Math Engines: For Multiplying Mixed Fractions, It’s Wolfram Alpha Over Google & Bing

Ah, math. It’s why I became an English major. But now math is spinning back around and haunting me in the form of my fifth grader. Last night, I found myself dealing with how to multiply fractions as part of helping with his homework assignment. Um, yeah, I think I remember how. But to be […]

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Ah, math. It’s why I became an English major. But now math is spinning back around and haunting me in the form of my fifth grader. Last night, I found myself dealing with how to multiply fractions as part of helping with his homework assignment. Um, yeah, I think I remember how. But to be certain, could search engines help as a double-check? Enter the awesomeness of Wolfram Alpha.

Doing math through a search engine isn’t new. One of Google’s earliest parlor tricks was allowing people to enter math problems into its search box and get answers. Indeed, I use it for this more than my pocket calculator, these days.

Want to know 345,567 / 23? Enter that into Google, and you get back the answer: 15,024.6522:

Google & Math

You can do a wide range of functions using the Google Calculator. That “More about calculator” link in the screenshot above unfortunately takes you to this entirely unhelpful page. Instead, read this page buried in the Google help files to discover how the Google Calculator can do trigonometric functions, logarithms and factorials.

Fancy! But how about dealing with lowly fractions? Last night, I was dealing with problems like these:

56 2/3 * 3 1/2

I thought I was explaining how to do them right, as we worked through the homework exercises. But was there a quick way to double check? Well, I tried Google and got back:

Google & Math

For those who can’t see the screenshot above, that was:

(56 2/3) * (3 1/2) = 198.333333

That’s correct in decimal form, but the exercise required the product to be expressed as mixed fractions.  You know, a whole number followed by any fractional amount. C’mon, we all remember that.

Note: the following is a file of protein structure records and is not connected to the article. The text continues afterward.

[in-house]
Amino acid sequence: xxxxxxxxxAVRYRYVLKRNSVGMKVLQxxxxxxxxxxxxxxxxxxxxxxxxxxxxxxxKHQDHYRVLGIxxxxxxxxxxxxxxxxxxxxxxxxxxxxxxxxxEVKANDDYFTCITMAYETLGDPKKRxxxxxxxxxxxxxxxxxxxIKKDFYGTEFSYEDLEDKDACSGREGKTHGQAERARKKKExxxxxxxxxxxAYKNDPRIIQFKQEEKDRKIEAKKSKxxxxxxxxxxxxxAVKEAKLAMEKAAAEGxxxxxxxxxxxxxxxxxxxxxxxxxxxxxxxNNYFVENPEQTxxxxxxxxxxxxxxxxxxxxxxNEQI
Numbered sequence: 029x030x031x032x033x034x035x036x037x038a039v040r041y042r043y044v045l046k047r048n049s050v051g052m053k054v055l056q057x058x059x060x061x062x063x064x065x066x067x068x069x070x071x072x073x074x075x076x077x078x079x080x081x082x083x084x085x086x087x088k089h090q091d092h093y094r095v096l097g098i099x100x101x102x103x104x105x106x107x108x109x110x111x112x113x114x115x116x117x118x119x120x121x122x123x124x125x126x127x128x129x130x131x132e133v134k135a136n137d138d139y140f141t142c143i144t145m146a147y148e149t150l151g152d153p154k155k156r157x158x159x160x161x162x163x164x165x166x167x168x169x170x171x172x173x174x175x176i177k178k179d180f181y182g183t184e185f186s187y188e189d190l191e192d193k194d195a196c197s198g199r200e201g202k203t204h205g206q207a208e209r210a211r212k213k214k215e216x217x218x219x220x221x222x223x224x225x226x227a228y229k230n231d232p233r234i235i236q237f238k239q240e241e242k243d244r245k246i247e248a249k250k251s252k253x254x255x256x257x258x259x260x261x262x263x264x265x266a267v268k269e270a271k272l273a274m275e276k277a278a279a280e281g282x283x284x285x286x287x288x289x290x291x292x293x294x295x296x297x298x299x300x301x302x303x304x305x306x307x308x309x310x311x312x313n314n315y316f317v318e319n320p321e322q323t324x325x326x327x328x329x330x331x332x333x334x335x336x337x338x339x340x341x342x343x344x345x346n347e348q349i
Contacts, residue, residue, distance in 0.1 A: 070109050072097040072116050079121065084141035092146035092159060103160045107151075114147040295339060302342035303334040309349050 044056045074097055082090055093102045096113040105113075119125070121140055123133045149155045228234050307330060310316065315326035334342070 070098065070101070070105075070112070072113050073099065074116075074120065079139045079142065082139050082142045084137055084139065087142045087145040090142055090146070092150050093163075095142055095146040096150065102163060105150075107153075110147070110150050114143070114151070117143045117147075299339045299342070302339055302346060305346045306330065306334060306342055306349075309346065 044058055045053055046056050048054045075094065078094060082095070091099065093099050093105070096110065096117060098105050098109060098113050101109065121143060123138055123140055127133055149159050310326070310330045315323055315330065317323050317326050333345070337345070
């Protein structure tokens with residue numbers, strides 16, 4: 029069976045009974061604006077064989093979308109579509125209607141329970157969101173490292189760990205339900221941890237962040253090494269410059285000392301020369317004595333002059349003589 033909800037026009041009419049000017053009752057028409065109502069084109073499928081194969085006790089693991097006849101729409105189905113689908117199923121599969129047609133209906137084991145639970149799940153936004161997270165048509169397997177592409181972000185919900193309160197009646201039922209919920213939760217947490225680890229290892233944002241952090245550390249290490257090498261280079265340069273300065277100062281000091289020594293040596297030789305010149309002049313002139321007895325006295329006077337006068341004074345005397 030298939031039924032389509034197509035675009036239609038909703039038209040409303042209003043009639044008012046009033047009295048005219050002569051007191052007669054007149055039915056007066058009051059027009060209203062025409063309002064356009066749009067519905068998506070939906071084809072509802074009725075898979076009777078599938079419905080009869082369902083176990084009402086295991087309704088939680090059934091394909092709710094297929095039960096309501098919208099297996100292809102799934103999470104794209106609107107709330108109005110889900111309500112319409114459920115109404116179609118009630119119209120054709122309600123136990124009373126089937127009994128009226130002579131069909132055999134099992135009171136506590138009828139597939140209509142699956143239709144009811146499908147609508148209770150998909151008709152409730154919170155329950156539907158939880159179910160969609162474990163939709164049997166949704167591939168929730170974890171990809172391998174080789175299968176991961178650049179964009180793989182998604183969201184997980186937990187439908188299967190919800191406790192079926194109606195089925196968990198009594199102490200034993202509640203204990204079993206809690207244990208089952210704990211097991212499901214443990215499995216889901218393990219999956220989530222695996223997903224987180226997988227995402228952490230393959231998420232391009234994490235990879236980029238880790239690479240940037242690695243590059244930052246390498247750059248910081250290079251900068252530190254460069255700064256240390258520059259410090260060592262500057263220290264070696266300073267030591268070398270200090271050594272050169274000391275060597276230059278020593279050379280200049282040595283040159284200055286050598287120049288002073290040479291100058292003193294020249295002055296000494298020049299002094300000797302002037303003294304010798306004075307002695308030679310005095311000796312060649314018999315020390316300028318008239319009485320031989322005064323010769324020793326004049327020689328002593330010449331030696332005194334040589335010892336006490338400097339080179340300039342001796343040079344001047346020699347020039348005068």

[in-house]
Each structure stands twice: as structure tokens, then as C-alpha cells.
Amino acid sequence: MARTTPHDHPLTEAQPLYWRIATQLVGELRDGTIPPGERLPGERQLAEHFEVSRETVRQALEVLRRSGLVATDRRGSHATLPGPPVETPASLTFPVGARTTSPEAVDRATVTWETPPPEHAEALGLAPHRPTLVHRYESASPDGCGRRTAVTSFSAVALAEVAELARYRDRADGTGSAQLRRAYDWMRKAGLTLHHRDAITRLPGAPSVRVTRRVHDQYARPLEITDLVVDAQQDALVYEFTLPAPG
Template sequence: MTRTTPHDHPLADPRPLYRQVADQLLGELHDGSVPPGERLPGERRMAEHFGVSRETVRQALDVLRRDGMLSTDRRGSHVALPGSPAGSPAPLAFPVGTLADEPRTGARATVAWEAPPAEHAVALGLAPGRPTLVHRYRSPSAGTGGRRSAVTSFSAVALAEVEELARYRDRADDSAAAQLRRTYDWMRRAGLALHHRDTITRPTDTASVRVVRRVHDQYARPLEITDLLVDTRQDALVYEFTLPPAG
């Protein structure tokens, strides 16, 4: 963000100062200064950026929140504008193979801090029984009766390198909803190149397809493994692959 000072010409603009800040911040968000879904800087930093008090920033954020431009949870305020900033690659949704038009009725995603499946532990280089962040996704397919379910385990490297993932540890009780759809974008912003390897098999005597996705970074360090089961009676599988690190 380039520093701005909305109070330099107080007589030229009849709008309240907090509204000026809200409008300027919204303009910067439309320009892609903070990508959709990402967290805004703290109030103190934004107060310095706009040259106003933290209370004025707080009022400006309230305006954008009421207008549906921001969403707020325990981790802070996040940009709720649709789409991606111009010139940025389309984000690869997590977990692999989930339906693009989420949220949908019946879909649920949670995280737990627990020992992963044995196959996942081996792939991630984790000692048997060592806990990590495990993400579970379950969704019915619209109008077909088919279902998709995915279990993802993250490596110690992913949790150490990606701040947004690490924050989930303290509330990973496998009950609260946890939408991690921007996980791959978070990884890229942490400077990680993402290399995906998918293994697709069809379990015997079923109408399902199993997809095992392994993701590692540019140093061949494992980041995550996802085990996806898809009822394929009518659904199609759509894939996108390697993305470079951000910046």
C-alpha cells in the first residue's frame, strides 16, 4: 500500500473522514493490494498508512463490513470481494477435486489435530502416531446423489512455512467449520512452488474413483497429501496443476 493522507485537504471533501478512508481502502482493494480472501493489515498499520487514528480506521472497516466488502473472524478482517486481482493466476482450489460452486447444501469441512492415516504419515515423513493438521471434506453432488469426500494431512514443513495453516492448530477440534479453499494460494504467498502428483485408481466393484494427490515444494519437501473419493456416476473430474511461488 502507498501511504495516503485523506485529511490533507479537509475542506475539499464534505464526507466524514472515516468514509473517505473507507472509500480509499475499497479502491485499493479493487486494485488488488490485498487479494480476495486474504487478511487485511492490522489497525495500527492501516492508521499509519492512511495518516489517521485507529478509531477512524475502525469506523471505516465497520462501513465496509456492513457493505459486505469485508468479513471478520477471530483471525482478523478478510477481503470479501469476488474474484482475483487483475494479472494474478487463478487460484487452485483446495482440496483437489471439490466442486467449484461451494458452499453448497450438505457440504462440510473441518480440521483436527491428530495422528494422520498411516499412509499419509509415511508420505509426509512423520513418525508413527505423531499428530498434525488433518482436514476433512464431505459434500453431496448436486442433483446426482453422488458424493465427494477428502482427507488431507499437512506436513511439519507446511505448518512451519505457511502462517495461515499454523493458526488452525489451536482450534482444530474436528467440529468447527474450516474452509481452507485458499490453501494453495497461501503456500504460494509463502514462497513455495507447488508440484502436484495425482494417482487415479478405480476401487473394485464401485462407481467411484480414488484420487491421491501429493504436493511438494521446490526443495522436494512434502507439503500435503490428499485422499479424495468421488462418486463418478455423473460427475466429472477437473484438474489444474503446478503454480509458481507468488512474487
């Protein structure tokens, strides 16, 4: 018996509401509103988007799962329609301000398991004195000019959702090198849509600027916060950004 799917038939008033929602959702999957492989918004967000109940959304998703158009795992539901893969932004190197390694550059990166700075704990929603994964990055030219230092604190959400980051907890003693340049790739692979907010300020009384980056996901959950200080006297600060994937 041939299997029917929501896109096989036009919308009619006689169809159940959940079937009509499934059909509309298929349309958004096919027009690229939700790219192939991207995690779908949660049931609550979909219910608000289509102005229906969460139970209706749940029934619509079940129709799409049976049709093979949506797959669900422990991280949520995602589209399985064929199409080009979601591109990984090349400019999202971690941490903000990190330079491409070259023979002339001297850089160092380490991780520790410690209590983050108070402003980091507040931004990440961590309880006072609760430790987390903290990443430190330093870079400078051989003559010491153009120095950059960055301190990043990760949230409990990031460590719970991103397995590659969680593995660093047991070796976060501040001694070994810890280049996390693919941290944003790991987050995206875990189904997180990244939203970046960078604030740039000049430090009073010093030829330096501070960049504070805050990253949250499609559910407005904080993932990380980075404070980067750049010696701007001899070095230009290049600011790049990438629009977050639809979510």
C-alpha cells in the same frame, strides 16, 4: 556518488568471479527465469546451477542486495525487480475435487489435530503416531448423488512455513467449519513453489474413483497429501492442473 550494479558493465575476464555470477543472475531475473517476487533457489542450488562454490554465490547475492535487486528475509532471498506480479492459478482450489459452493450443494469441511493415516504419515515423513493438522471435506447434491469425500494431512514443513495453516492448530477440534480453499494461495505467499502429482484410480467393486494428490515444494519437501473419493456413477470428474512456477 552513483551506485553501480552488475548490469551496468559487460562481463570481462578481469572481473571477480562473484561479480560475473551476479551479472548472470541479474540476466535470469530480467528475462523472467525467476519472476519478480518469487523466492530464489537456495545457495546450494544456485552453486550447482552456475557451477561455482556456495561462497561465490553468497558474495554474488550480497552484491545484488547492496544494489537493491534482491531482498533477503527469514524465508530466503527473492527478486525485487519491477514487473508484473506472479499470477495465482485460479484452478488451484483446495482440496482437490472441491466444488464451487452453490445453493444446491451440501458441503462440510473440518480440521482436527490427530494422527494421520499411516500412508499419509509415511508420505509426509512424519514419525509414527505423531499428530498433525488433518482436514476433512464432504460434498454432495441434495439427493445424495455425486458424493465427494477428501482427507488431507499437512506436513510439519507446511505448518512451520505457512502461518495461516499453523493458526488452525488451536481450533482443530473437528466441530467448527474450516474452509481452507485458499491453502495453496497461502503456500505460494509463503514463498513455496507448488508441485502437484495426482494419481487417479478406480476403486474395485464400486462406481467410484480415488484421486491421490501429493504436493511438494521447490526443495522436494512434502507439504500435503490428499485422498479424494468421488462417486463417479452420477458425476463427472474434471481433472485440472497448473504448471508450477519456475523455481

I know that Bing also does math, so I tried things over there. I got back:

Bing & Math

Again, for the screenshot-challenged, Bing processed my calculation like this:

56*2/3*3*1/2 = 56

Instead of doing fractions, Bing made some odd assumptions that I just wanted to multiple or divide the numbers that were next to each other. So, I tried it another way:

(56 2/3) * (3 1/2)

That just gave me a bigger mess:

Bing & Math

And the text version:

(562/3)*(31/2) = 2,903.666667

This time, the space between the whole number and the start of the fraction was removed, completely changing what I entered.

NOTE: From a comment below, entering the calculation as (56 + (2/3)) * (3 + (1/2)) would have worked at Bing!

For those who want to read more about Bing’s calculator, see the Bing help page here. It can do a lot of functions even if it didn’t get mixed fractions multiplication right.

By the way, Bing does do fractions better than Google — that is, if you want a simple fraction expressed. Consider this:

300/35

On Google, that’s expressed as a decimal form only. But on Bing, you get both decimal and fractional forms:

Bing Does Fraction

As for the homework assignment, I gave search engines one more shot to help, this time using one that was built by a mathematician, Wolfram Alpha. How’d that go? For the example above, I got back this:

Wolfram Alpha & Math

Awesome — multiple forms of the same answer. A decimal form. A fractional form. And what I wanted, the mixed faction answer:

198 1/3

I’m not sure if Stephen Wolfram’s grand ambition with Wolfram Alpha was for it to help me and my son figure out the multiplication of fractions. But it was sure useful!


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About the author

Danny Sullivan
Contributor
Danny Sullivan was a journalist and analyst who covered the digital and search marketing space from 1996 through 2017. He was also a cofounder of Third Door Media, which publishes Search Engine Land and MarTech, and produces the SMX: Search Marketing Expo and MarTech events. He retired from journalism and Third Door Media in June 2017. You can learn more about him on his personal site & blog He can also be found on Facebook and Twitter.

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